Hey, you say, is Chuck a Renaissance Man? Well, he’s old enough.
Singer songwriter and band leader. Side electric guitar player in rock bands, and back up for traditional Celtic acts. Touring throughout the USA.
Singer. Songwriter. Music Educator. Choir director. I am especially passionate about music that gets ordinary people singing along.
In 1983, while living in Seattle, John O’Connor sent a batch of his songs off to Flying Fish Records cold and–almost unheard of in the music business at that time–landed a contract to make an album of his powerful original songs. Songs For Our Times came out in 1984 and was named one of the best albums of the year by the Washington Post and several folk publications and radio stations.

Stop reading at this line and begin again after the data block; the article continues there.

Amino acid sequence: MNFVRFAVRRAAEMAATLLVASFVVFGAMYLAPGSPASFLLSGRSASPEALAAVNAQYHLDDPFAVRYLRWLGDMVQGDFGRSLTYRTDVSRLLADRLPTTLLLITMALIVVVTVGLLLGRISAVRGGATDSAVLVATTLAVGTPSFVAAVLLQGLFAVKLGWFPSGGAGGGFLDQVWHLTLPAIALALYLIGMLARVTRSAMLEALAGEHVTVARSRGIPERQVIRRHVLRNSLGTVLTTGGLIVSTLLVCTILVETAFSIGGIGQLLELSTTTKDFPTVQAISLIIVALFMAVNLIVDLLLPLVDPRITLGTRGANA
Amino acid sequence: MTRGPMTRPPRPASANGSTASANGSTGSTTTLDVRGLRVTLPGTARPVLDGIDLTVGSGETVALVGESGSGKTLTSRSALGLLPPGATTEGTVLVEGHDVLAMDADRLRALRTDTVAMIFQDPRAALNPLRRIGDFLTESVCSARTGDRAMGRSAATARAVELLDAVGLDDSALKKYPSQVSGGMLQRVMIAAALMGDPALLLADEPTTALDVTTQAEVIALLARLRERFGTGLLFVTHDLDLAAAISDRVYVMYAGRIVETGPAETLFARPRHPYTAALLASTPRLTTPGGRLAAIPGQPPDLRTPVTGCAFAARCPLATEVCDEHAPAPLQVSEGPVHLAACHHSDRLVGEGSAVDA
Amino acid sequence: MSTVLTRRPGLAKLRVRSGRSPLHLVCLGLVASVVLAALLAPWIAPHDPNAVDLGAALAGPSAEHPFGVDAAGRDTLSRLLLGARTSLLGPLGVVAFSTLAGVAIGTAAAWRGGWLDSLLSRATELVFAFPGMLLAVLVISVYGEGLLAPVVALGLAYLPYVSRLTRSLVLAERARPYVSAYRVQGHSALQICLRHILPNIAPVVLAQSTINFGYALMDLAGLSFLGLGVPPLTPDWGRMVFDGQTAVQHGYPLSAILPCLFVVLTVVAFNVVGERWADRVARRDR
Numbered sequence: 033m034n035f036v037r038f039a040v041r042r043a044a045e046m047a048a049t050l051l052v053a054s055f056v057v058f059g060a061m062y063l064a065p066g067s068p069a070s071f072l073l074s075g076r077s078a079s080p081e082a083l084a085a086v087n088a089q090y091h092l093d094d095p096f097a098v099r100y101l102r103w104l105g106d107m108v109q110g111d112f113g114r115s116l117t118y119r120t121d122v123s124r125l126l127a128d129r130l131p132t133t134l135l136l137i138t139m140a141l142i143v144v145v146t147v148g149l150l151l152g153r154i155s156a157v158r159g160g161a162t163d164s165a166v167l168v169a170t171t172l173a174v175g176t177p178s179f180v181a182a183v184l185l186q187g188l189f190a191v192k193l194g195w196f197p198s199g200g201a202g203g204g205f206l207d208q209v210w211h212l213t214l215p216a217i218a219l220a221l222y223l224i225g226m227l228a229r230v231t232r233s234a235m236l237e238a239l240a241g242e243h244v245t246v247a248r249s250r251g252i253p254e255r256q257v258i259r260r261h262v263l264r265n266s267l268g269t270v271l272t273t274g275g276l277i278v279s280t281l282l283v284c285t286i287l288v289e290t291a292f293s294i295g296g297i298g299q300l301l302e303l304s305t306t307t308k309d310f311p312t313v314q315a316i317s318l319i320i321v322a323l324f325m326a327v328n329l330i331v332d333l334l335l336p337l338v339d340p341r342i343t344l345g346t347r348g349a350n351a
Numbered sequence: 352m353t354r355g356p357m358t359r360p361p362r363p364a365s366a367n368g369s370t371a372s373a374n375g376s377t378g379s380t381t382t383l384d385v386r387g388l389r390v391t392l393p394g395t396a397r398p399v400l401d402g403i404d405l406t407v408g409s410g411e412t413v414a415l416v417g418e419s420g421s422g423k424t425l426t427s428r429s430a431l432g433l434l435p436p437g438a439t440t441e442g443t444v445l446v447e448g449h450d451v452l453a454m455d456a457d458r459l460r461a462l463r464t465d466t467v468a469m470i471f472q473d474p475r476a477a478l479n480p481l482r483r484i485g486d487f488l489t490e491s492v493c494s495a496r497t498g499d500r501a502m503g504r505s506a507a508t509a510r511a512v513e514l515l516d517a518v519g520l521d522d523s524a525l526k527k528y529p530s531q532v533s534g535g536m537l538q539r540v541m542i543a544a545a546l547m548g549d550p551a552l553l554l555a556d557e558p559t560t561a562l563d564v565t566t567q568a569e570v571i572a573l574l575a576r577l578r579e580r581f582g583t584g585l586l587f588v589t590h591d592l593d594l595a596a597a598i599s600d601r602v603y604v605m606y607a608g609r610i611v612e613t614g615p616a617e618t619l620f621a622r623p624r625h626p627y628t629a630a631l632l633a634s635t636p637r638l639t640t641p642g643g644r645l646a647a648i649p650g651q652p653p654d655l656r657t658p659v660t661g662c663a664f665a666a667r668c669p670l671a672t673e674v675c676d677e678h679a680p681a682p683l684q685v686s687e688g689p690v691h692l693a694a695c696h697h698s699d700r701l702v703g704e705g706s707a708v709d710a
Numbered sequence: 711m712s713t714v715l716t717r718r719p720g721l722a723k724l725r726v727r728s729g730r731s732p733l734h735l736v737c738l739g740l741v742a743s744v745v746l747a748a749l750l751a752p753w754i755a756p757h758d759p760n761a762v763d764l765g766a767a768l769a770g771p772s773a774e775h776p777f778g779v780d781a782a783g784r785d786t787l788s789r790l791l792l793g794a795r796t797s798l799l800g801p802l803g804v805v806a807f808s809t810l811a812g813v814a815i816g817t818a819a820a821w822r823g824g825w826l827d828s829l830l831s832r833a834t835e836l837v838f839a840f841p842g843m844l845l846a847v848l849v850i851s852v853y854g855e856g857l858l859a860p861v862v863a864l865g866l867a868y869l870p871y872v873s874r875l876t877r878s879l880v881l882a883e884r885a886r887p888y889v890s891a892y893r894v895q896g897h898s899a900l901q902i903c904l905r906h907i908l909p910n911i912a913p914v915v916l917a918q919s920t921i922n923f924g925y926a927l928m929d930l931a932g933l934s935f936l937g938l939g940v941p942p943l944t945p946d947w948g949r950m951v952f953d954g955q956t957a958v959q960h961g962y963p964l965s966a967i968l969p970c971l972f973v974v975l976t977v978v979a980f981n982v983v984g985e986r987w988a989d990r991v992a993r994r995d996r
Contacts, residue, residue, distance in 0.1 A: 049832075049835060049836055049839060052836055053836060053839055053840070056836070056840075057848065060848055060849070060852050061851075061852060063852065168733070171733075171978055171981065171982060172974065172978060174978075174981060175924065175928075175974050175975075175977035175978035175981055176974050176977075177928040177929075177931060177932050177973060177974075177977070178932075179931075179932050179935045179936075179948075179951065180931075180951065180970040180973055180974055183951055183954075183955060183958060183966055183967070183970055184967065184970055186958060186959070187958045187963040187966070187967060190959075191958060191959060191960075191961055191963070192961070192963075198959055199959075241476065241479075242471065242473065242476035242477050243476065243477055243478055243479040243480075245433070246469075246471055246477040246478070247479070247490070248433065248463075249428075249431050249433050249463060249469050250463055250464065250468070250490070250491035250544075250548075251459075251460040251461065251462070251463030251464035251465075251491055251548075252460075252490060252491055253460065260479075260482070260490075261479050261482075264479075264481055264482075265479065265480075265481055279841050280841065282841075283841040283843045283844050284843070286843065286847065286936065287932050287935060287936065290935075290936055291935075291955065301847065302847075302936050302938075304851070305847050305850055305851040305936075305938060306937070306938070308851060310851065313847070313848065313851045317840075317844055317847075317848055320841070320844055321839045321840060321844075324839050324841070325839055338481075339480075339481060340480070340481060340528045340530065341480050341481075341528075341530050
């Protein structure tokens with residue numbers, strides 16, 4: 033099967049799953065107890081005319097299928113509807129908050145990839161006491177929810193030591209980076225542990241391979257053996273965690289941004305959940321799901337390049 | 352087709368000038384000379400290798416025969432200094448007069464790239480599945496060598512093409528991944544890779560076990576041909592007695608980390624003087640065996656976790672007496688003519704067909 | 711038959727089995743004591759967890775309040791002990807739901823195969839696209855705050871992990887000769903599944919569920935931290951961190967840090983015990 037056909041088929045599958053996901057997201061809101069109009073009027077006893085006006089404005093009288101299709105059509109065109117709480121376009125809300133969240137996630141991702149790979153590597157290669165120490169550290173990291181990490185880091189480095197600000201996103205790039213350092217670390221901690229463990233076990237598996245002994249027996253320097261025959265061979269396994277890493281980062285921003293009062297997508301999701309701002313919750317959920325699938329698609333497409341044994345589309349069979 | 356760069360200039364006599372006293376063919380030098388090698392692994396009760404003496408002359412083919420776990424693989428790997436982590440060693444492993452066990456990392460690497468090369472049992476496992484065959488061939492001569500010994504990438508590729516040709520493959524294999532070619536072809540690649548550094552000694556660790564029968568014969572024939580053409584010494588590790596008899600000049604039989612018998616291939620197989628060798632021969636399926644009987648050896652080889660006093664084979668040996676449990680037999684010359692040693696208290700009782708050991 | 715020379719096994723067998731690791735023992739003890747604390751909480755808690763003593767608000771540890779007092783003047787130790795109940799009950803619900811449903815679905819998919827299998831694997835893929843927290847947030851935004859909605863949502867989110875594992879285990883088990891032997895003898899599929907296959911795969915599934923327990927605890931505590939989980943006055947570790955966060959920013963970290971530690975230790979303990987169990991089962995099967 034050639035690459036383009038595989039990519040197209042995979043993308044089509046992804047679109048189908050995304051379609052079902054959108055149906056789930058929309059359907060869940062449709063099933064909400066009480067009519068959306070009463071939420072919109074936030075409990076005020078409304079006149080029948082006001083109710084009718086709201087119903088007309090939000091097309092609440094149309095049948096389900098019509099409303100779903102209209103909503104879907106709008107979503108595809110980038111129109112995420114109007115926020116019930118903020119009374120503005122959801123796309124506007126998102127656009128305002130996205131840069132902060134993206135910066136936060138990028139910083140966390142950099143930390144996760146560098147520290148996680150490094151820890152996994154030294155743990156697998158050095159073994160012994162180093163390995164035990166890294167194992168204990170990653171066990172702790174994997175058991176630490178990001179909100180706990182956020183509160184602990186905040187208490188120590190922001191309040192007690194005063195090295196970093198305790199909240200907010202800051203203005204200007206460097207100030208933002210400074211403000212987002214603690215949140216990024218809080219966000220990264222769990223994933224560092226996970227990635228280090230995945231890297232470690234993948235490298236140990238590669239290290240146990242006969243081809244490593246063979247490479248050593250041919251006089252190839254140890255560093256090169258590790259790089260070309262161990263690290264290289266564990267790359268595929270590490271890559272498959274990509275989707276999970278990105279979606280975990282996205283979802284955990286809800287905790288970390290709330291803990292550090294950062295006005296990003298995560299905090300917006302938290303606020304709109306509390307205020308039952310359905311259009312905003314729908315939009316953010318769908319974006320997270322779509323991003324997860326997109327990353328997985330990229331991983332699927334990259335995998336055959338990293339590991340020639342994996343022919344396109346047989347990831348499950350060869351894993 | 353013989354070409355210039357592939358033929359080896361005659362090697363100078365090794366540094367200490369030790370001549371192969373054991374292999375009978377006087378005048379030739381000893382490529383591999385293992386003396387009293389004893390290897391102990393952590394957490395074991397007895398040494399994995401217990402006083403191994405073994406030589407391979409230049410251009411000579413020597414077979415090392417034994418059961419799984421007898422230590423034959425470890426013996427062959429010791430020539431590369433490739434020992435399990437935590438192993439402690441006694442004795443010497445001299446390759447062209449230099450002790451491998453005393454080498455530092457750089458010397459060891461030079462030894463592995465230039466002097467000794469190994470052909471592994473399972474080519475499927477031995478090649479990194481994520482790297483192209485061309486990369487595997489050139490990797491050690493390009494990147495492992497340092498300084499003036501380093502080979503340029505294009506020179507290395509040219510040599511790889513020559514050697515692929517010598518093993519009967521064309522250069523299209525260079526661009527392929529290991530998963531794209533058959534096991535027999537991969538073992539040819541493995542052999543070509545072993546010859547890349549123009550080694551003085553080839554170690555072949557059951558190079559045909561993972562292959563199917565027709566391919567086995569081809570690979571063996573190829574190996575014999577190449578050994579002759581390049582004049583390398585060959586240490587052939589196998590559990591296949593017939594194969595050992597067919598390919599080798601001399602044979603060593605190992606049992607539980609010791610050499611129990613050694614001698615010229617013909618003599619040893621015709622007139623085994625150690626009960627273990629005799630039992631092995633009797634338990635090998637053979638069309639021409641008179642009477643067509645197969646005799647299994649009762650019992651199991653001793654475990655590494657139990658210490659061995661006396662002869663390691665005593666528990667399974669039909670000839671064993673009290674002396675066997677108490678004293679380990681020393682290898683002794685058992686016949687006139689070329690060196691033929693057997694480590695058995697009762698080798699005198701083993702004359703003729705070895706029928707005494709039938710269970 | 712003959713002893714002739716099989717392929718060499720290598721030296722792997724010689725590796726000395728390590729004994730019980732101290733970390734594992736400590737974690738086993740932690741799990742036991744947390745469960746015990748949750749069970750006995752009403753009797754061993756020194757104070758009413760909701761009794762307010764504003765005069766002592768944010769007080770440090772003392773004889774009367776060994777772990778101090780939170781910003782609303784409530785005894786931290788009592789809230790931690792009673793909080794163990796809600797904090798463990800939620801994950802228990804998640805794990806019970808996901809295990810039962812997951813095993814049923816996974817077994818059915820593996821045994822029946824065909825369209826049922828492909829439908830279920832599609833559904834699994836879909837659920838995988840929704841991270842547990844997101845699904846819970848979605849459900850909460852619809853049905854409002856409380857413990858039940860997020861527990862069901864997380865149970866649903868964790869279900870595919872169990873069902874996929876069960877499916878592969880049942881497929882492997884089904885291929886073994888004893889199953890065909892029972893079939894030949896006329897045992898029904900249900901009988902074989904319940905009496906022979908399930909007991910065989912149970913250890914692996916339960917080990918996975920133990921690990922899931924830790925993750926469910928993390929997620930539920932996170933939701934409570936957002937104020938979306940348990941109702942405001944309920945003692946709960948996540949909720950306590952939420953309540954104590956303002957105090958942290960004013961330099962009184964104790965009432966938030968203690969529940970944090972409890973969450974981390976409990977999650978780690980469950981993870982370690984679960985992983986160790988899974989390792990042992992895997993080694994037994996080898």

Geoffrey Himes, in his Washington Post review said of John’s songs, “Mister, Slow It Down,” … is the best hitchhiking song since Kris Kristofferson’s “Me and Bobby McGree.” O’Connor’s “Missy and Me” is the best song about old age since John Prine’s “Hello in There.” “A Cold November,” an a cappella ballad about a poor man harassed by a Chicago cop, echoes Woody Guthrie’s hobo songs.
Almost 40 years later, having traveled the country, touring and working as a union organizer, John has gathered a treasure-trove of songs, stories and poems about the working class, war and peace, love and loss. Craig Harris has said, “…O’Connor has shaped his own acute observations of the working class into songs that beg to be sung along to…” Si Kahn calls his songs “wonderful: direct, simple, singable, powerful.” “Songwriting… right out of the same well that slaked Woody Guthrie and Pete Seeger,” commented the St. Paul Pioneer Press Dispatch.